Still further north heading into the “wetlands” area.
But it was an immature Green Heron won the day.
Whether it was hunting:
. . . or preening:
When the heron was through entertaining us there was plenty of other things to see.
A day to remember as a fresh wind out of the north made for a easy paddle home.
Category: Birding in Ohio, butterflies, canoeing, Central Ohio Nature, Central Ohio Parks, Columbus, flowers in central ohio, Griggs Reservoir, Ohio Nature, photography, Scioto River Tagged: Asiatic Day Flower, Boneset, Cedar Waxwing, False Dragonhead, Great Blue Heron, Great Egret, Green Heron, Ironweed, Kingbird, Kingfisher, Silver Spotted Skipper, Water Willow, Wingstem
Posted on July 27, 2014
Recently we decided the paddle the north end of Alum Creek Reservoir. To get started we put in at the Howard Rd launch and headed north. Early in the year we can expect to see both migrating and breeding warblers along the shore. In late July, from all we can tell, the warblers are no longer present. If they are, they’re being real quite. So what would we see? Since it was a beautiful day, cool temperatures and a light wind, it didn’t matter too much. It was a great day for a paddle.
As we made our way up the reservoir we did manage to see Spotted Sandpipers, Green Herons, Cormorants, Kingfishers, Terns, Great Blue Herons, Hummingbirds, Peewee’s, Phoebe’s, a Bald Eagle and even a Yellow Billed Cuckoo. Not bad! However, the real star’s of the day were all the Osprey’s. The nesting platforms at the north end of Alum Creek Reservoir were very successful this year. There were too many birds to count!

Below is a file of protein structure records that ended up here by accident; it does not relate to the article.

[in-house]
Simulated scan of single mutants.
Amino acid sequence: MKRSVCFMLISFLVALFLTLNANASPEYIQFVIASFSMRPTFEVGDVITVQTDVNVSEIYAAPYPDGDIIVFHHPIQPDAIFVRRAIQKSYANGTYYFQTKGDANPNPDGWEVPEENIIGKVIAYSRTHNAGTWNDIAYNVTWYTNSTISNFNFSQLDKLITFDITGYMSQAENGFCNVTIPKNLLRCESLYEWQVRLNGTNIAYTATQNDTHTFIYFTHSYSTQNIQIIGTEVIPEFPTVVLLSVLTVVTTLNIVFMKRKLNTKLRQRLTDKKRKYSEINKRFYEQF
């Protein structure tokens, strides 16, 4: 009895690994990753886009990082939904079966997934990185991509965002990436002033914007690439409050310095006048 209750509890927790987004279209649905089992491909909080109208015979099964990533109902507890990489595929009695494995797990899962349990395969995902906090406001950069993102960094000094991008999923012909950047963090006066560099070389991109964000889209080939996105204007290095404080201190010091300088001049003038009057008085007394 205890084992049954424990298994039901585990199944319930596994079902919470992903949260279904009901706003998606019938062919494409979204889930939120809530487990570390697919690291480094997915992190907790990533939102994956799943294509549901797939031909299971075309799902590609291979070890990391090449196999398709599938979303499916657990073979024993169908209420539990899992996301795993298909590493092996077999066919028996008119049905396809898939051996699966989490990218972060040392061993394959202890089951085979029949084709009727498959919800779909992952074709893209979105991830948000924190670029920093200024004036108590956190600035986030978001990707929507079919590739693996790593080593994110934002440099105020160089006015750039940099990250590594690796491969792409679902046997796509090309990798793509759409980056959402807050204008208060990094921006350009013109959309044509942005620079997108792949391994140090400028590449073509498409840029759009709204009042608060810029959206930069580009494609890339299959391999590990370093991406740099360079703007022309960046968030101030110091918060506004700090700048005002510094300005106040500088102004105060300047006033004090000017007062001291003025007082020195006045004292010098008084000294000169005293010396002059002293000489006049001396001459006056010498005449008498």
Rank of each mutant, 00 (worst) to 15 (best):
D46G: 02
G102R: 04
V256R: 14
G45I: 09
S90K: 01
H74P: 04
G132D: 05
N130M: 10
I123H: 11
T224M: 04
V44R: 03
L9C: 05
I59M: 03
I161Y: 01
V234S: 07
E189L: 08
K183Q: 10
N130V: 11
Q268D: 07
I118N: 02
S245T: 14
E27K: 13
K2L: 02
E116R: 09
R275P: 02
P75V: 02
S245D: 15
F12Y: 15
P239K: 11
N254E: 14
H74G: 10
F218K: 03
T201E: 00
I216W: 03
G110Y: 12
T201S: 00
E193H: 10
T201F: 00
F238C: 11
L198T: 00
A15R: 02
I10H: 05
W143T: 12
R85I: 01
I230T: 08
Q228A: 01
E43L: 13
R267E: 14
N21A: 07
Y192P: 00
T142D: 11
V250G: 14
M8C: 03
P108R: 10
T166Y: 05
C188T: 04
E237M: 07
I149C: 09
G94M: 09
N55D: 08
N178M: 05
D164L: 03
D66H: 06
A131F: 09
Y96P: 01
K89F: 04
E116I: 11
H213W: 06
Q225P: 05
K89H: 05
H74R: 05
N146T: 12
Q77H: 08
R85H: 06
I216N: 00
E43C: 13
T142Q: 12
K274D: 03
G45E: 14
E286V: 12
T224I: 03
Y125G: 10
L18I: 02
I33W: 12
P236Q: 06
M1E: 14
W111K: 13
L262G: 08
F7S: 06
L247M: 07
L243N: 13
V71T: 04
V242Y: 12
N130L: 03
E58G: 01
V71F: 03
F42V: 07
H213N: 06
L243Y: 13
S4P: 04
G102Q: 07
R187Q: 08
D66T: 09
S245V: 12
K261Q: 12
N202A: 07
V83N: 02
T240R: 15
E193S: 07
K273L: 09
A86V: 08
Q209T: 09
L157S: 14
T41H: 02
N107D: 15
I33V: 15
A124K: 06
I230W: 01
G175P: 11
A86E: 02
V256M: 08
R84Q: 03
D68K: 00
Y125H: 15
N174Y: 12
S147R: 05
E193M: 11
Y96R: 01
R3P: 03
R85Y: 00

Category: Alum Creek, Alum Creek Reservoir, Alum Creek State Park, Birding in Ohio, canoeing in central ohio, Central Ohio Nature, Central Ohio Parks, Columbus, Ohio Nature, photography Tagged: Canon D30, Canon T3i, Double-crested Comorant, Kingfisher, Osprey, Panasonic FZ-150, Wolf Spider
Posted on July 19, 2014
Mid-July and it was a perfect day for a long paddle on Griggs Reservoir. Temperature in the low seventies, little wind, with puffy white clouds dotting a very blue sky. The canoe seemed to glide along effortlessly.
Are we really in Columbus?
It wasn’t long before we started seeing birds. First it was a Kingfisher as we entered a cove.
A little further a Double Crested Cormorant enjoys the morning sun.
As does a Painted Turtle.
A little while later, north along the west shore we surprised a Red-tailed Hawk as it enjoyed breakfast. A bad day for the snake.
Continuing on north of Hayden Run.
Several Ospreys were seen just south of the 161 bridge.
In the same area a White Tail Dear made it’s way across the Scioto River.
A Green Heron plays hide and seek.
While in the north end of the reservoir we pulled out to explore the “wetlands area”.
As is usually the case, my wife was hot on the trail of any wildflowers or birds she could find.
It was hard to head back to our launch but we did have five miles ahead of us before we could call it a day.
Category: Birding in Ohio, canoeing, Central Ohio Nature, Central Ohio Parks, Columbus, flowers in central ohio, Griggs Reservoir, Griggs Reservoir Nature Preserve, Ohio Nature, photography, Scioto River, wildlife Tagged: Canon G11, Canon SX260, Double-crested Comorant, Green Heron, Kingfisher, Olympus E620, Osprey, Painted Turtle, Panasonic FZ-150, Red-tailed Hawk
Posted on January 2, 2014
Our canoe moves quietly along the shore.
Sensing our approach
from a bare branched tree
and then another
always just ahead.
Something is seen and just as quickly
breaking the water’s surface
disappearing into another world.
Quickly reemerging with a fish
it flies from the surface as if water and air are one
stopping to rest on a branch.
For a moment, paddling closer, we are ignored.
as if destined to always be just ahead
off it flies
to another bare branched tree.